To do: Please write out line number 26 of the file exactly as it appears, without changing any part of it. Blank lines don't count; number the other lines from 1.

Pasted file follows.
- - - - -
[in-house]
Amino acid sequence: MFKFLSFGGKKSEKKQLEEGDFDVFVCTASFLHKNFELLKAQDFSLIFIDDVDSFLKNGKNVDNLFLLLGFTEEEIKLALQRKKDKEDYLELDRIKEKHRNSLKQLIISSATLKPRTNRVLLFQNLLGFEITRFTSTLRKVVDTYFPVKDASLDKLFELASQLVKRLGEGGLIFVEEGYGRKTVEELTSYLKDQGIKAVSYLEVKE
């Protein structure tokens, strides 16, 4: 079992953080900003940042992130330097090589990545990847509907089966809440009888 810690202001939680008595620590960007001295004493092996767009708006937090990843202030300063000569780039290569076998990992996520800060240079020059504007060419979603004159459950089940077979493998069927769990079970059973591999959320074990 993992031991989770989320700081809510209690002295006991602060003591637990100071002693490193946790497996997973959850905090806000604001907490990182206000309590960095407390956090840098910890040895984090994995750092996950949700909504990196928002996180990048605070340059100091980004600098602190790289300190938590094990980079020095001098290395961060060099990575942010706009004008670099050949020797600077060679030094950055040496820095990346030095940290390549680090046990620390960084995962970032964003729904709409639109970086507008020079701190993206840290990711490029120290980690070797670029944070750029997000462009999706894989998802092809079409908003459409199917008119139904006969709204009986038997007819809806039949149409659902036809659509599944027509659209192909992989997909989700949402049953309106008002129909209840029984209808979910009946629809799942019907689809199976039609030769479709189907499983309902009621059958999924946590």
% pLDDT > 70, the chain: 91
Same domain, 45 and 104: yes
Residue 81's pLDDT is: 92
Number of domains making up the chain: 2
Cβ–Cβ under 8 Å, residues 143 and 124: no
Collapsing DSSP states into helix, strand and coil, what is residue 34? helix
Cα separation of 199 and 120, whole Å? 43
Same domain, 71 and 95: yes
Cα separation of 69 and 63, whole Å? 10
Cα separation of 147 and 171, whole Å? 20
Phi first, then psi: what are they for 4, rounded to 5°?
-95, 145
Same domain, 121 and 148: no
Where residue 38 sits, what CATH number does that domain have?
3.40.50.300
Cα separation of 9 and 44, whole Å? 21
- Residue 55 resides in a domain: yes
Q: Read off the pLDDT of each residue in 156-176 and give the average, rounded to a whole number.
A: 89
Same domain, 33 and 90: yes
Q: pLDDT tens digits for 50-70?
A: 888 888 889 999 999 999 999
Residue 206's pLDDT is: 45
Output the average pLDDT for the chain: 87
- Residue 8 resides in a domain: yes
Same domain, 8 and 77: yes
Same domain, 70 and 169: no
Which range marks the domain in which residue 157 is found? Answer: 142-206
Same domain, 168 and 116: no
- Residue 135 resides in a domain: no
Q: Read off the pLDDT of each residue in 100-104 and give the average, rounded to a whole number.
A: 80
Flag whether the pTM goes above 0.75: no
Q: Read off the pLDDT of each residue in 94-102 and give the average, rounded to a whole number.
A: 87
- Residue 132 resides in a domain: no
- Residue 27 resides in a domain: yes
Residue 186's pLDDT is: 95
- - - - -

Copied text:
Residue 206's pLDDT is: 45